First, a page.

Whatever You Ask Not Be Repeated, Will Be Repeated… Trust Me!!!

“When are the British coming?  I won’t tell… I promise!”    Paul Revere

As a minister or Christian vocational worker, in some people’s eyes you automatically become trustworthy, and able to be trusted to keep even the deepest darkest secrets.  As a result, you’ll find that people will dump on you a verbal truckload of problems, personal struggles and even their most private sins and temptations.  And if that isn’t enough, they’ll be glad to dump SOMEONE ELSE’S secrets on you as well!  Maybe you’ll hear….

 

“Did you know that Evelyn has a terrible problem with gas?”

“Have you noticed how Bob won’t go out of state with the group when we go on trips?  It’s because he’s on parole!”

“Judy & Terry on the same committee?  Are you crazy?  Didn’t you know that Judy has hated her since she caught her flirting with her husband at their office New Year’s Eve Party!?”

 

Sometimes the tidbits people throw your way are not so innocent, and can inflict major damage on the integrity of an individual, a church or even the gospel.  Maybe you’ve heard something whispered in the church halls like one of the following statements:

 

“Some people in the church feel like there’s some funny business with the pastor and the weekly offering.”

“He’s a single man, and he wants to work with children in Sunday School?  Don’t you think that’s strange?  I heard they had some trouble with him and the children at his last church.”

 

And the list of examples of this kind of verbal unloading could go on and on.  But when you boil away all of the explanations for WHY someone felt the need to “share” these kinds of things with you, what are we really left with?  GOSSIP!   Pure and simple, it’s gossip.

We like to dress it up and call it something different.  Some people excuse their ramblings as necessary bits of information for the well being of those it’s being shared with.  Simply put, if the individual is able to blame your need for the information as the reason it had to be shared, then they are off the hook.  Another way gossip is disguised is in spiritual clothing.  Destructive conversation is masked in the form of a “prayer request” or a “deep concern” over the problems that are being shared.  The Bible is very clear when it states that “The bad words that come out of your mouth are what make you unclean.” [Matthew 15:11].  It also says in a later passage, “What comes from your heart is what makes you unclean” (Mark 7:20].  God knows the words that are rolling off of your tongue; more importantly though, He knows the heart behind them, and there is no excuse for a heart of gossip.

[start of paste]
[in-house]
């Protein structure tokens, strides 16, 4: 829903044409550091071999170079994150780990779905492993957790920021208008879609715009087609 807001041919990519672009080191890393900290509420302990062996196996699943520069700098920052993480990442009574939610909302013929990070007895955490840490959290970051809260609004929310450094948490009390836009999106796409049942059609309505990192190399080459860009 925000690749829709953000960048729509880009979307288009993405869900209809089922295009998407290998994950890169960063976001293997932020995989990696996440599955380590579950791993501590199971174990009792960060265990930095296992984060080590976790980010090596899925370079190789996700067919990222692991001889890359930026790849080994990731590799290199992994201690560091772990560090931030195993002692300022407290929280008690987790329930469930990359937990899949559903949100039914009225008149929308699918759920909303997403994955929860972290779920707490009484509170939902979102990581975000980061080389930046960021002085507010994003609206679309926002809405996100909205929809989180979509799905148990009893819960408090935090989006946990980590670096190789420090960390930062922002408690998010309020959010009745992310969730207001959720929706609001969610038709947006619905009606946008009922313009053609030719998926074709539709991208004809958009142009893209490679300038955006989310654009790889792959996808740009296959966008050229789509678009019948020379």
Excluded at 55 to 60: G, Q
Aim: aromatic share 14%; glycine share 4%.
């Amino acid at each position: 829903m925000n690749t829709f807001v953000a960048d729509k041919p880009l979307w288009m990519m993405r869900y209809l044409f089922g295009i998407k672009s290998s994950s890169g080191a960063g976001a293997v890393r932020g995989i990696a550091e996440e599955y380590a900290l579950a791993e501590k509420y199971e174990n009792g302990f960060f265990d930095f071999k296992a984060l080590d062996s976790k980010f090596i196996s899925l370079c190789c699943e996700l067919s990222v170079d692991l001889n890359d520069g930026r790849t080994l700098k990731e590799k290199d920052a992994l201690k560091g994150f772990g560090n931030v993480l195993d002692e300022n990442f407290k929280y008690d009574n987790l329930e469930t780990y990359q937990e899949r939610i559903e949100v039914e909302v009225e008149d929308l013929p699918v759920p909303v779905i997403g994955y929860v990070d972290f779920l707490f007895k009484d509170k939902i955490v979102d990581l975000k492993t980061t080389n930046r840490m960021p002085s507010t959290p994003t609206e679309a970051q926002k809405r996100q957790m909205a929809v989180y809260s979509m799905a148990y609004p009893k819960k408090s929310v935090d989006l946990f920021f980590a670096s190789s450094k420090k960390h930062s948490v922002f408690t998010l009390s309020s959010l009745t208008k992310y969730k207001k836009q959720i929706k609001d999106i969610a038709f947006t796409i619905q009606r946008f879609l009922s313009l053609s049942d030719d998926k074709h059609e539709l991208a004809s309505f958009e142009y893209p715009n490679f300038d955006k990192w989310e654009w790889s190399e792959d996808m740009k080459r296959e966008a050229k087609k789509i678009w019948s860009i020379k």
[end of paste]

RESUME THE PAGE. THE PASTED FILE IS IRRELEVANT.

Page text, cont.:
When someone comes to you not as a gossip, but with a genuine confidence that they ask you to keep, it is vital that you be trustworthy enough and disciplined enough to keep it.  Your integrity is one of the most valuable commodities you possess.  Once it’s damaged, it’s very difficult to heal… Once it’s lost, it is nearly impossible to replace.  When you pass on information that was given to you in a confidence, you not only injure yourself and the one who shared the confidence, but anyone touched by that information, even the one that you illegitimately passed it on to.

Obviously there are exceptions to this rule.  If someone passes on information in the form of a confidence to you that they intend to do something illegal or damaging, then it is the responsible thing to do to inform the proper people.  Also, should someone share with you that they intend to do bodily harm to themselves or someone else, then this information has moved outside of the realm of gossip, and has become a safety issue.  Not only can you share this information, but you really must intervene for the best interests of all people involved.  Finally, if someone shares with you that they have been the victim of abuse, especially a child, it is imperative that you involve the authorities and organizations that can stop this abuse, and work with the victim of abuse towards healing.